Pop quiz. What do you do after you have served as California’s Assistant Attorney General, written westerns, and run a motion picture production company? The obvious answer: you open a winery. Well, at least that’s what you do if you’re Sheldon Lytton, the proprietor of Avensole Winery in the Temecula Valley.
Sheldon, his wife Susan, and his sister Maribeth discovered Avensole, then named Van Roekel, in 2013. They immediately fell in love with the hillside estate winery with park-like grounds. Most people do. But the difference with the Lyttons is that they had the desire and the wherewithal to buy Van Roekel, redesign it, and add an indoor-outdoor restaurant, and a large koi pond, and a vibrant live music schedule, and several private event spaces, and the list goes on.
Local historians herald the parcel Avensole is situated on as the birthplace of Temecula Wine Country. Back in 1968, adjacent to a dirt path then known as Long Valley Road (soon to be renamed Rancho California Road), wine pioneer Vince Cilurzo planted Petite Syrah and Chenin Blanc, the first commercial vineyards in the Temecula Valley. The Lytton family has a tremendous respect for the historic role their winery plays, and they intend to carry on a noteworthy tradition as they craft New World California style wines with a focus on Zinfandel.
Avensole’s 20-acre estate vineyard produces Cabernet Sauvignon, Muscat Canelli, Old Vine Zinfandel, New Vine Zinfandel and Gewürztraminer. Other California-sourced varietals rounding out their offerings include Pinot Grigio, Viognier, Roussanne, Syrah, Merlot, Cab Franc, and Malbec.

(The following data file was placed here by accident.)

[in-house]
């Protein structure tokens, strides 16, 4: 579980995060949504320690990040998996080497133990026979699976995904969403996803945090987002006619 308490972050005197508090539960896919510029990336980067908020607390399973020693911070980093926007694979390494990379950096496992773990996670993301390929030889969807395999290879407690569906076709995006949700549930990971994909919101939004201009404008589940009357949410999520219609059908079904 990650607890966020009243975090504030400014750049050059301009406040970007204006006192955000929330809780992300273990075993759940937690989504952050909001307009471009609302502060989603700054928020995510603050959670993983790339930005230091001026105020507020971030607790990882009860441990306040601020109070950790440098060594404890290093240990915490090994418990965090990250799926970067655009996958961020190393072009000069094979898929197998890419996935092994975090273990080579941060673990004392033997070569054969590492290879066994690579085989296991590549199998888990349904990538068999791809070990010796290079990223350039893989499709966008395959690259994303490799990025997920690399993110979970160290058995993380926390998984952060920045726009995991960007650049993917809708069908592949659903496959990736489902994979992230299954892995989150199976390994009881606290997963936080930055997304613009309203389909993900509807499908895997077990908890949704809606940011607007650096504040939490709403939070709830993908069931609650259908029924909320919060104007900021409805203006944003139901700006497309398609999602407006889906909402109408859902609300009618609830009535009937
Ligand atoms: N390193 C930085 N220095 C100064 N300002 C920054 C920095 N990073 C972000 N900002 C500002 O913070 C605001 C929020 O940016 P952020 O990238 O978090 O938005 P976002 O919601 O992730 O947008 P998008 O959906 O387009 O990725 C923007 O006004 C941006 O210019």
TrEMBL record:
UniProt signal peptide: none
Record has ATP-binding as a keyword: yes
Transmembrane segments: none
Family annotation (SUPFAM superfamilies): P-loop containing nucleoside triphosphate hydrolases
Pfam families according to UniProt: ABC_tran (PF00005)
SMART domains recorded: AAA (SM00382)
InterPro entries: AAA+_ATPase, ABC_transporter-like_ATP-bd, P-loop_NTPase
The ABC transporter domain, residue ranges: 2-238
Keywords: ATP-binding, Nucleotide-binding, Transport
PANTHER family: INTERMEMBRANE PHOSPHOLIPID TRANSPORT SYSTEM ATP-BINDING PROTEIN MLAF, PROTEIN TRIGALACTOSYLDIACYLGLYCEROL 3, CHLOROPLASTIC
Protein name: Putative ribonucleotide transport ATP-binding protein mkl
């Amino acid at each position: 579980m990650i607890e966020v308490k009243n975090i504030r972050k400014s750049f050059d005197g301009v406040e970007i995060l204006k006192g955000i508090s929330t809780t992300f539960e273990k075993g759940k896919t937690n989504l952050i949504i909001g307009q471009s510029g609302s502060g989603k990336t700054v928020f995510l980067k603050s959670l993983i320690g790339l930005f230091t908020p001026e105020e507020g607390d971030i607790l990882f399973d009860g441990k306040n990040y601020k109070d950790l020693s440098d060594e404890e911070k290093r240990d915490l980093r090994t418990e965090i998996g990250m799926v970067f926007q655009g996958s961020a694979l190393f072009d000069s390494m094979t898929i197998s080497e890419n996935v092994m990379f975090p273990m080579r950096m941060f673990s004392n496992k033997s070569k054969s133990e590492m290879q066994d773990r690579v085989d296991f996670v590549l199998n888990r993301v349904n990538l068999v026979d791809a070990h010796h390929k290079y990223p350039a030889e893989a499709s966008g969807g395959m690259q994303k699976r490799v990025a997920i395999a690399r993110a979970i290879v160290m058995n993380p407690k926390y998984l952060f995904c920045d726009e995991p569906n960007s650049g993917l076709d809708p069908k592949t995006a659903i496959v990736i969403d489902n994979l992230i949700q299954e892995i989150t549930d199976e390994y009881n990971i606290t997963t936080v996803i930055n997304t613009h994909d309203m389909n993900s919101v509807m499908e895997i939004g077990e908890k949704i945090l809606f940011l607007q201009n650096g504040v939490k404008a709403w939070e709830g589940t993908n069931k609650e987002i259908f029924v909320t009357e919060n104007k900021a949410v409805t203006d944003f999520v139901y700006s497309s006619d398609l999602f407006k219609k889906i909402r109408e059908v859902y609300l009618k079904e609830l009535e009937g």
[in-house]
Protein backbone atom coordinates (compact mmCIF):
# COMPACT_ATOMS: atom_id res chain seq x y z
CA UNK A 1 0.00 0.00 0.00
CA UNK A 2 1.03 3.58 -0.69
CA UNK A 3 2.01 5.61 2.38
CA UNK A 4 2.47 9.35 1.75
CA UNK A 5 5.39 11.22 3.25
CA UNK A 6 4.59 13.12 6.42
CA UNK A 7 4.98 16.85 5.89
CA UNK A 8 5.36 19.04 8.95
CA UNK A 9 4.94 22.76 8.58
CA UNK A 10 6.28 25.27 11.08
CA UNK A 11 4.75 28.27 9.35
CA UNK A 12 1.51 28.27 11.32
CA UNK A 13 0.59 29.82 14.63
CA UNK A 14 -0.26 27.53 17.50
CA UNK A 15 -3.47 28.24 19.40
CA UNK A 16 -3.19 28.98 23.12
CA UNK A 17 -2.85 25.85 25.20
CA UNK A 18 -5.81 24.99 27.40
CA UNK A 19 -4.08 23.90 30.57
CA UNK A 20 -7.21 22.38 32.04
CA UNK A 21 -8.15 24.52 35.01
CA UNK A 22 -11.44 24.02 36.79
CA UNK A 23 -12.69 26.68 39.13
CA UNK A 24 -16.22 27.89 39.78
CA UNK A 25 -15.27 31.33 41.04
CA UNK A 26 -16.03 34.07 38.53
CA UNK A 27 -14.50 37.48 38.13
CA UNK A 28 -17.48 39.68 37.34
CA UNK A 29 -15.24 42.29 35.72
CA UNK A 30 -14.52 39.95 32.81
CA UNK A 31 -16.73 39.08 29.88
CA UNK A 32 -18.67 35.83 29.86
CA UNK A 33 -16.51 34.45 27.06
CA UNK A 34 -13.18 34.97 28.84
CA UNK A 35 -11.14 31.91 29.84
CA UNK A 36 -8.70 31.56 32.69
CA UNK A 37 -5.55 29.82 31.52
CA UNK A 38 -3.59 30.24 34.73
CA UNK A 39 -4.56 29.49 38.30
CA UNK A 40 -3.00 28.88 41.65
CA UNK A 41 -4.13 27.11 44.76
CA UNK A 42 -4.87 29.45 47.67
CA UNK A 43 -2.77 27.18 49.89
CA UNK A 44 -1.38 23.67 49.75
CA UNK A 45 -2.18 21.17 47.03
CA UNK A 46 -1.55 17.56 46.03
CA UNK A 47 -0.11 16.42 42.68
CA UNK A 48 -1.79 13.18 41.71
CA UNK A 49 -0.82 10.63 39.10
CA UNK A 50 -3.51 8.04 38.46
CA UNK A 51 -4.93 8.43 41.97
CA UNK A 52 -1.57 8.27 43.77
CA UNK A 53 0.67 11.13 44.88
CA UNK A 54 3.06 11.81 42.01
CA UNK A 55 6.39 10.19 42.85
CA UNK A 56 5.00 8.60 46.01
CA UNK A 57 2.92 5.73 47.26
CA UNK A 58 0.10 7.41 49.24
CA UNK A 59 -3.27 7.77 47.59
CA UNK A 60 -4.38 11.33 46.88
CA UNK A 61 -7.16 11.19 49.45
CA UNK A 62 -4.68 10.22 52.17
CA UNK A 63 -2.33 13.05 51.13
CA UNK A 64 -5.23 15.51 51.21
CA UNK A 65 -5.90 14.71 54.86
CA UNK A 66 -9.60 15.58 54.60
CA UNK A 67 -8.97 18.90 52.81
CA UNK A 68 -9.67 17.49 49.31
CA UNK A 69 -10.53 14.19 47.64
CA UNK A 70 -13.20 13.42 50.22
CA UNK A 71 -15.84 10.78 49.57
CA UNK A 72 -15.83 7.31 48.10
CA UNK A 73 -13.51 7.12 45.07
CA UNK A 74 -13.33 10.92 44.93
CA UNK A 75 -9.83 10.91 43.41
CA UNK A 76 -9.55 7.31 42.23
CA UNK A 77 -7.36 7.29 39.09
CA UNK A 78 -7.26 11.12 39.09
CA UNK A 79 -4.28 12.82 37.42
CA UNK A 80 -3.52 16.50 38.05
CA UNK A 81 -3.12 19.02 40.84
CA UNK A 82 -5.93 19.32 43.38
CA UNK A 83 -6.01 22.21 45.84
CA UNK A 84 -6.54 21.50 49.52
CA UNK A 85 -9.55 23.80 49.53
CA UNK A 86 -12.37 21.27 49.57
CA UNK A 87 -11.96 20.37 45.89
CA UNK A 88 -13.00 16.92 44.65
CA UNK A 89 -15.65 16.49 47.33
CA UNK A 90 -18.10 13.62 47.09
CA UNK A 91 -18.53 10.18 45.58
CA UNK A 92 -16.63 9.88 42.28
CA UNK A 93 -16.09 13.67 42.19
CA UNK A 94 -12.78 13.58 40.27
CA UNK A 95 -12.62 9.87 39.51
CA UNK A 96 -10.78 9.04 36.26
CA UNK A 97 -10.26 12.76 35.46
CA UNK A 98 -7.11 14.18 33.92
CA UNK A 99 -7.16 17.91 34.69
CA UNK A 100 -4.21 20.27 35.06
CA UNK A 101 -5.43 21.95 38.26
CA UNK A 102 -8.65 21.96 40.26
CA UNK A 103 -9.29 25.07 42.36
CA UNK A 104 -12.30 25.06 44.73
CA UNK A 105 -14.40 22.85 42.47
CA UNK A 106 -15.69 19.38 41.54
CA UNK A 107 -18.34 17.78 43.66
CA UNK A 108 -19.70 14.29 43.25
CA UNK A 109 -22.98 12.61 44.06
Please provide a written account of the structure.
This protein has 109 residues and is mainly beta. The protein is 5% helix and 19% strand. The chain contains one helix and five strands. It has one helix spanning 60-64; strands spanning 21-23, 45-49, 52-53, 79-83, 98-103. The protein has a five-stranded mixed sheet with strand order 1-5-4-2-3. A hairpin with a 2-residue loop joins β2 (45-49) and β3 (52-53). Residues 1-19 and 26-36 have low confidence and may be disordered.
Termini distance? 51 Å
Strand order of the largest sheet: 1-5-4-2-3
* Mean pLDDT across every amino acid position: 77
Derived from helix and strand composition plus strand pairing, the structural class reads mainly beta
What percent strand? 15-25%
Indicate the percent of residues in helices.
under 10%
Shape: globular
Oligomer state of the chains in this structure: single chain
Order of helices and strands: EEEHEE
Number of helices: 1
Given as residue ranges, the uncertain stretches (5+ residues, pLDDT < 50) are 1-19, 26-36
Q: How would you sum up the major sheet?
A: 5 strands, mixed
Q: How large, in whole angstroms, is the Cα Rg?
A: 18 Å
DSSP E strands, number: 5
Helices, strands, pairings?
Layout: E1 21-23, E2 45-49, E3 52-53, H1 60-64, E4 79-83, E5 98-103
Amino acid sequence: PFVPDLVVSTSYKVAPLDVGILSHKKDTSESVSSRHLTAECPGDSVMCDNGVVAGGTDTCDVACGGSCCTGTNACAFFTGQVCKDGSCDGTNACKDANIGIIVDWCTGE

Their Marketplace Restaurant offers plenty of al fresco dining on a spacious patio encircling an impressive planter-fountain feature crowned by a Mission Olive tree. Big appetites will be sated by such hearty mains as the Lobster Mac & Cheese, Chicken Cordon Bleu, and Osso Bucco (to name a few). But I prefer to select from the ample choices of small plates and lighter fare, ideal for noshing on while sampling unique cocktails crafted with house-made spirits, including distillates from Apple, Pear, and Raspberry.
In short, the Lyttons have reinvented a Temecula classic, and it has emerged as a Temecula legend-in-the-making.
So, to recap, when we’re done with our extremely impressive professional lives, we should buy a historic winery in the bustling Southern California Wine Country and elevate it on so many levels it becomes a must-see attraction. Or, let the Lyttons do the heavy lifting, and we’ll just linger at Avensole, listen to a talented musician, and work our way through a bottle of their 2012 Super Tuscan. You up for the task?Official Blog